KZ Groß-Rosen: ....…. ARBEIT ….

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Comments (19)

baronyuri. on March 10, 2011

KZ Groß-Rosen

Gross Rosen was opened in 1940 and was initially intended to be a sub-camp, however it was soon designated with Concentration Camp status.

The Gross Rosen Concentration Camp was located in Poland, just outside a village of the same name. The camp was approximately 40 miles from Wroclaw in the south-west of Poland.

The camp was built by prisoners from other concentration camps, once completed in 1940 the first prisoners were forced to work in the nearby quarries stone quarries which were owned and operated by the SS.

When the camp was first opened, most of the prisoners in Gross Rosen were Polish and detained as political prisoners, only a small proportion of these prisoners were Jewish. As the war progressed, the numbers of prisoners in the camp swelled dramatically, leading to unsanitary conditions from massive overcrowding. From late 1943 onwards, tens of thousands of Jews were sent to Gross Rosen, most of whom were Polish, however there was significant numbers of Jewish prisoners transported from other Nazi-occupied territories such as Hungary and Austria. Some prisoners arrived from other camps such as Auschwitz after going through the selection process of who was deemed fit to work and who was not. In this period also, the Wehrmacht had captured large numbers of Russian POWs who were transported to a number of different camps, including Gross Rosen, most Russian POWs were executed on arrival at concentration camps.

Although Gross Rosen itself was initially opened as a sub-camp; not long after its status was changed to a concentration camp and it had its own massive network of sub-camps. As the Second World War progressed, Nazi Germany’s demand for armaments and other goods increased massively, and concentration camp inmates were the main source of labour for producing these goods. It is thought that there was almost a hundred sub-camps associated with the main Gross Rosen camp containing thousands of prisoners forced to work in horrific conditions for some of Nazi Germany’s most powerful companies.

Gross Rosen Concentration Camp had a large population of female prisoners; in fact it had the third largest female population after the Ravensbruck and Stutthof camps. It is significant as women prisoners are normally the first victims of selection processes at camps. However one of the main subcamps at Gross Rosen contained a large textile factory, which was where a good proportion of the women in the camp worked. By the beginning of 1945 it has been estimated that approximately one-third of the prisoner population at Gross Rosen were women, and the vast majority of whom were Jewish.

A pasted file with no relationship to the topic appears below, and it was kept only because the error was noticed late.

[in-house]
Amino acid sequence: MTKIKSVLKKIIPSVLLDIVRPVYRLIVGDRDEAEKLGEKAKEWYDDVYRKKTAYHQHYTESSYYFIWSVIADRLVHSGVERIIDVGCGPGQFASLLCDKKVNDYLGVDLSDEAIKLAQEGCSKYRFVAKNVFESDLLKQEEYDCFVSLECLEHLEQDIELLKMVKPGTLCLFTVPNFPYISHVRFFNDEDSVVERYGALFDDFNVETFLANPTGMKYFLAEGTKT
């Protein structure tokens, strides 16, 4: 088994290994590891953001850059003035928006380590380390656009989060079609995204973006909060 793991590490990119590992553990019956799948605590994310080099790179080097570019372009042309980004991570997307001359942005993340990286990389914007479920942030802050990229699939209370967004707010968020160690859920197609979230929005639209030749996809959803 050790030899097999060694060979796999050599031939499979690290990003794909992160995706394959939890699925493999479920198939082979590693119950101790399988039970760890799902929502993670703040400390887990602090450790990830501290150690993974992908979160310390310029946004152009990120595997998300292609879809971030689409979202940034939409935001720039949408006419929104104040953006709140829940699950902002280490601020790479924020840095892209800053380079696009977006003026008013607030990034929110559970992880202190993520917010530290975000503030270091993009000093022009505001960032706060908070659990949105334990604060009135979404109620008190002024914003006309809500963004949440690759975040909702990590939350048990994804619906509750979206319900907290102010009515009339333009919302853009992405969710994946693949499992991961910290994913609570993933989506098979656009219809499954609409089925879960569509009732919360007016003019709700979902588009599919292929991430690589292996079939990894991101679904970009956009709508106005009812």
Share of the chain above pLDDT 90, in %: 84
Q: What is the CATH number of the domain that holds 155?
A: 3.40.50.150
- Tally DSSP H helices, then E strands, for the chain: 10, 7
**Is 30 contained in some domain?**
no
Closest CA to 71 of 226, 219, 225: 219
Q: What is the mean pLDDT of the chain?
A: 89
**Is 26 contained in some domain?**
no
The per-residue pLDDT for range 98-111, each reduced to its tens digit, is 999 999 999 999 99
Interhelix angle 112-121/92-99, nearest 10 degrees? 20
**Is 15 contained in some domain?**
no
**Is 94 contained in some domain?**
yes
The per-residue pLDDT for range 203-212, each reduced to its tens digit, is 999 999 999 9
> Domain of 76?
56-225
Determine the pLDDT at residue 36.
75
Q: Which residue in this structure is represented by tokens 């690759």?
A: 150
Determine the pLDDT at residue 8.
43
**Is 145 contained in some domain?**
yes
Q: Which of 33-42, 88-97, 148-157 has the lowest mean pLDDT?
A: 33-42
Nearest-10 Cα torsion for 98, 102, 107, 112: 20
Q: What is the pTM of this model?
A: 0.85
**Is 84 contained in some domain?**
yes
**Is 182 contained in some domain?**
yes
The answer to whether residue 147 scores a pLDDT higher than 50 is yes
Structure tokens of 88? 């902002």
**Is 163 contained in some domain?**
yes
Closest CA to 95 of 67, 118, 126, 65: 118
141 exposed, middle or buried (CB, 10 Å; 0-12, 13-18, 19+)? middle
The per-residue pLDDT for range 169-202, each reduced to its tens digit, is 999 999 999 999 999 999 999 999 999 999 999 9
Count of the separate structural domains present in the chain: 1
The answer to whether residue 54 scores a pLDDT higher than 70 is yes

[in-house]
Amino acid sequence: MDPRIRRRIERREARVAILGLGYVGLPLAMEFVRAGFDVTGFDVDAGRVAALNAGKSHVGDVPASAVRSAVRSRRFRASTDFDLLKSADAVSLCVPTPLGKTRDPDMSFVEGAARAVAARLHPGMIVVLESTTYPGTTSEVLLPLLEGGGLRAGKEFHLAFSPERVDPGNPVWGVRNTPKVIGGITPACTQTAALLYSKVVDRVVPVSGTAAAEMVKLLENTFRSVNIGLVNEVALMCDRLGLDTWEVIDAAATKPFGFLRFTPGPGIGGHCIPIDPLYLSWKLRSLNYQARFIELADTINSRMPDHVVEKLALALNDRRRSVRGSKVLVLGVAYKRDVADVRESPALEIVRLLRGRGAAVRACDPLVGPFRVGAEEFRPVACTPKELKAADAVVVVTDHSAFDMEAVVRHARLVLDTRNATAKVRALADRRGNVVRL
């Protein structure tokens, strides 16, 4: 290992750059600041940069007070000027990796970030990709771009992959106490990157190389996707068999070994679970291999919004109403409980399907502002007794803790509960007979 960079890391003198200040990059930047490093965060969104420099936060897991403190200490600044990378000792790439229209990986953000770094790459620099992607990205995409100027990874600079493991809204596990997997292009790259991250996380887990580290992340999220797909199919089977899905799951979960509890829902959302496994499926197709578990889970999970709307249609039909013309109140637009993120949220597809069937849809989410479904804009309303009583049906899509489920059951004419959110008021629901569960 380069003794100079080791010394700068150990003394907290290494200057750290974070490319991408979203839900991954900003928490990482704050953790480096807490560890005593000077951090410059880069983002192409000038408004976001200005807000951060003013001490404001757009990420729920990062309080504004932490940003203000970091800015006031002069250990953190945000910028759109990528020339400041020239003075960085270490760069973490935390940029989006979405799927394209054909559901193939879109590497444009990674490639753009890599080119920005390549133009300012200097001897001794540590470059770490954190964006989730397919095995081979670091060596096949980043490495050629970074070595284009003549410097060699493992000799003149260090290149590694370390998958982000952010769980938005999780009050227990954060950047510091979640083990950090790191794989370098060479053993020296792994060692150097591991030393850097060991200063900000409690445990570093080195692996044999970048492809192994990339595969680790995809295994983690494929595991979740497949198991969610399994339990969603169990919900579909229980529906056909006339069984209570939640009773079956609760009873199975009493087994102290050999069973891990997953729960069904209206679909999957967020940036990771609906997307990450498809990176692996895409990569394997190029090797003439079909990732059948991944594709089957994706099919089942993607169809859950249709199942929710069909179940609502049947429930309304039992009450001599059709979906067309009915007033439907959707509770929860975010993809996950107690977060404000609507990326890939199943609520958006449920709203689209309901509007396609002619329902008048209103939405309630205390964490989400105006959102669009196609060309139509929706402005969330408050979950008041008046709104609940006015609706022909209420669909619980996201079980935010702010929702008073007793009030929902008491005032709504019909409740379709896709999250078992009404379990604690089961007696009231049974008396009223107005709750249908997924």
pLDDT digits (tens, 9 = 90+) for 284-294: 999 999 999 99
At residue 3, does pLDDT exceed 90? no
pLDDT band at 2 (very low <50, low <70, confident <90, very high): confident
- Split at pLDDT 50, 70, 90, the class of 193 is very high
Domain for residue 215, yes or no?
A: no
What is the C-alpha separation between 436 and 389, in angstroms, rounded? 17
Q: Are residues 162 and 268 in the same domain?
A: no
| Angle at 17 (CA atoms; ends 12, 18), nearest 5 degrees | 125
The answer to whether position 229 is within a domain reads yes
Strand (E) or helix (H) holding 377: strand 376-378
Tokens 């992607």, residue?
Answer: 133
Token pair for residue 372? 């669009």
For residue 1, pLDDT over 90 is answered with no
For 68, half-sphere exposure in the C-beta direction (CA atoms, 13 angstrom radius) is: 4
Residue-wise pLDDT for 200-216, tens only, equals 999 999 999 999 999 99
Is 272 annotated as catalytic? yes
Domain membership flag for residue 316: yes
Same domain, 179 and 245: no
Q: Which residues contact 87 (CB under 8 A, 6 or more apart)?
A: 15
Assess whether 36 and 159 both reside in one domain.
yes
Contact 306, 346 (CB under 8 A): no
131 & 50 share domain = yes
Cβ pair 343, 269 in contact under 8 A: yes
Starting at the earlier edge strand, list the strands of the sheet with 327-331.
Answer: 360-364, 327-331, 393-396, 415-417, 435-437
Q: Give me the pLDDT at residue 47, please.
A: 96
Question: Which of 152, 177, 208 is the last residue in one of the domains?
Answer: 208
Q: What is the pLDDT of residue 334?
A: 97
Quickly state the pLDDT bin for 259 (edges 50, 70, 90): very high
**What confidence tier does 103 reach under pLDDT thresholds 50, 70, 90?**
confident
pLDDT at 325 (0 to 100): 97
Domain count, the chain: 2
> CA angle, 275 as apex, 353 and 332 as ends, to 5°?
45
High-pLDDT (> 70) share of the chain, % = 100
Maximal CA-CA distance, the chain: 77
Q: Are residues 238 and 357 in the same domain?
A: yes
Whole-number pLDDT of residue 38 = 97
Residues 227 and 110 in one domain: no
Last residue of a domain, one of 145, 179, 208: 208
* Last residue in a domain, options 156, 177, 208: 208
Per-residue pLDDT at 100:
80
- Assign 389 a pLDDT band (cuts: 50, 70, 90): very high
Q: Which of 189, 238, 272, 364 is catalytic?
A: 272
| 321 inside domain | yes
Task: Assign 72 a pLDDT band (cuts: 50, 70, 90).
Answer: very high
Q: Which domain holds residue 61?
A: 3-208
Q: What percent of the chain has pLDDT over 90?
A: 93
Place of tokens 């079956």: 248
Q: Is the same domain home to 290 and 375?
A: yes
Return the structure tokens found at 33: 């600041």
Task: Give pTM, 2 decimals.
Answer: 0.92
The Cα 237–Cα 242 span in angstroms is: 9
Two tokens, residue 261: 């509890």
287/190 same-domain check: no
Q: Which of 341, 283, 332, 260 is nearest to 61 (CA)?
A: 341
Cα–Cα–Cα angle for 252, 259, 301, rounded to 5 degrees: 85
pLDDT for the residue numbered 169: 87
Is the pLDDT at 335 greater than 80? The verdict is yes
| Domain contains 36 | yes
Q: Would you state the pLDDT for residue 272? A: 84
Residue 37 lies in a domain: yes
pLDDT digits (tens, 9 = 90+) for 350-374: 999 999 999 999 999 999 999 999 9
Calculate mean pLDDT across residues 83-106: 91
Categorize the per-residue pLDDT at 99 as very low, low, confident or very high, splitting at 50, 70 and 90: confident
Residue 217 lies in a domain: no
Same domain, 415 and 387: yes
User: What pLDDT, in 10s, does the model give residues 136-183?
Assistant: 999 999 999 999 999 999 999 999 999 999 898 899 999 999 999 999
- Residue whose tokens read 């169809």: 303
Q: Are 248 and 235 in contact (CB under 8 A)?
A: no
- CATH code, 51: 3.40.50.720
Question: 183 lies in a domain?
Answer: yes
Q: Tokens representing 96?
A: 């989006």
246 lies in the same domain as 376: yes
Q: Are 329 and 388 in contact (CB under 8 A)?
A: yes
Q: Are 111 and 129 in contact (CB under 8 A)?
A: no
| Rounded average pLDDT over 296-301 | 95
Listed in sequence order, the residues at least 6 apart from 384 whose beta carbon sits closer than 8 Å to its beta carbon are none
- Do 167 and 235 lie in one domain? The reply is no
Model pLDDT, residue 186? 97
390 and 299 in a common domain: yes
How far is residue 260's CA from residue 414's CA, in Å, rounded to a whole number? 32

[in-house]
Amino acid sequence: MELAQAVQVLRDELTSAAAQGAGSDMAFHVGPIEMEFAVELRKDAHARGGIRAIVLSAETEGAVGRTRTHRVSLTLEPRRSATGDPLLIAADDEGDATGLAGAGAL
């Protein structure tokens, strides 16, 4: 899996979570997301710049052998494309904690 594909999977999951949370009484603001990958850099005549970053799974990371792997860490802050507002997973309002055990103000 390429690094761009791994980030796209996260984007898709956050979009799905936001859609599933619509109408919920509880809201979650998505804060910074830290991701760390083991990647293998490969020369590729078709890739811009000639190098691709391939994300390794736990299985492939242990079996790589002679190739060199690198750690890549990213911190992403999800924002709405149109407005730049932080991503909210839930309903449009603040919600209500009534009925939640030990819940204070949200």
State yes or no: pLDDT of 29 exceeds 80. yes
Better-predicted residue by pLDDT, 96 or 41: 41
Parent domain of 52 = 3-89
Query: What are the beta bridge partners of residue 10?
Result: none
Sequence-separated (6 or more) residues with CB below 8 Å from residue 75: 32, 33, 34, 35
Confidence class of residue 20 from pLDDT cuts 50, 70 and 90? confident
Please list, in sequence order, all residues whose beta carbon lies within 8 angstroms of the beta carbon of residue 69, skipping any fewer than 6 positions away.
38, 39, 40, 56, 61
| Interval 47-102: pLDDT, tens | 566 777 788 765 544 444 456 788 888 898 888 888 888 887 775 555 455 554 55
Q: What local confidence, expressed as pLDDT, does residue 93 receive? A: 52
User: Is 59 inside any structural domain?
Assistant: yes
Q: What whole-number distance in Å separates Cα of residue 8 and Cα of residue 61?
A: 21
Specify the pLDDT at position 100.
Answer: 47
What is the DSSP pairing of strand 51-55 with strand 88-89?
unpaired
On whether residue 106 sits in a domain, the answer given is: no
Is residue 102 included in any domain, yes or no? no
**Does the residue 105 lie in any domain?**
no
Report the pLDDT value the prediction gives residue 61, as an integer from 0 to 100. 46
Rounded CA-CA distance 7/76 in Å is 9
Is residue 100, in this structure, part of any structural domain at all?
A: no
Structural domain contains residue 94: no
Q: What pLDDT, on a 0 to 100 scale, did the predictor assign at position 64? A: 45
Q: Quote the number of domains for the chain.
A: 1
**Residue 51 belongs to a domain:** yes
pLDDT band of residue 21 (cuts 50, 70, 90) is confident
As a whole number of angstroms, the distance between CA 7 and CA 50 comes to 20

In early 1945, as the Red Army were advancing from the east through Nazi-occupied territory, the German forces began evacuating Gross Rosen and its subcamps. All prisoners who were physically able to walk were forced on death marches to other camps in Nazi Germany. Others prisoners were transported to camps such as Flossenburg and Neuengamme by rail. A number of prisoners died during these transports, and any deemed too sick or weak were shot on the spot my SS guards. By February 1945, Soviet forces had reached Gross Rosen and liberated the camp.

Henry Scoggin on March 11, 2011

Never forget...

Sandro Russo on March 11, 2011

imagine that serve to remember

Alfons Van Aerschot on March 11, 2011

Dit mag nooit vergeten worden,voor de hele reeks like.


Sylvain Pichette on March 12, 2011

Very good composition and B&W picture. I can not imagine what was happening inside.

Greetings, MonPiche

tizianoguidi on March 12, 2011


baronyuri. on March 12, 2011

Henry Scoggin

Sandro 63(Mylaes)




thanks for visit and kind comments, cheers,

|------► yuk ! ◄------|

grecik on March 14, 2011

Bella serie, yuk e ottima la scelta del b&w per questo tema.

Changhong Chen on March 15, 2011

Very nice shot!

Like! Favorite!

Good Luck!

Best regards from Changhong Chen!

baronyuri. on March 15, 2011

grecik grazie Grecik del complimento ciao!

Changhong Chen Thanks for Your visit ! Cheers,

|------► yuk ! ◄------|

TheVidaniel on March 15, 2011

It is a very nice picture. LIKE. Regards from Bucharest, Daniel

((Ospr3y)) on March 15, 2011

Beautiful photo!


Best Wishes, Liam

Angelofruhr on March 17, 2011

Bilder von KZ's machen mich immer betroffen und traurig!

Gut, dass es diese Mahnmale noch gibt!


Grüße, Angelika

Licskai László on March 17, 2011

Sad photo ,but it is not allowed to forget it how we shall be allowed to learn from his past mistakes!

Best wishes from Hungary


Yuriy Kvach on March 20, 2011

Good picture of terible place! Like

Daniel Salomon Rubac… on March 21, 2011

baronyuri. on March 23, 2011

vdaniel many thanks for visit

((Ospr3y)) thank you!

angelofruhrcity thanks for Your comment

Licskai72 I agree with You! Thanks a lot for Your comment

Yuriy Kvach thanks

Danliel thank you,

|------► yuk ! ◄------|

AntonioVidalphotogra… on March 26, 2011

Excellent composition...>>L9<<, AntonioJVidaL.

Honorable mention

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Photo details

  • Uploaded on March 10, 2011
  • © All Rights Reserved
    by baronyuri.
    • Taken on 2011/02/20 15:32:06
    • Exposure: 0.002s (1/640)
    • Focal Length: 200.00mm
    • F/Stop: f/6.300
    • ISO Speed: ISO200
    • Exposure Bias: 0.00 EV
    • No flash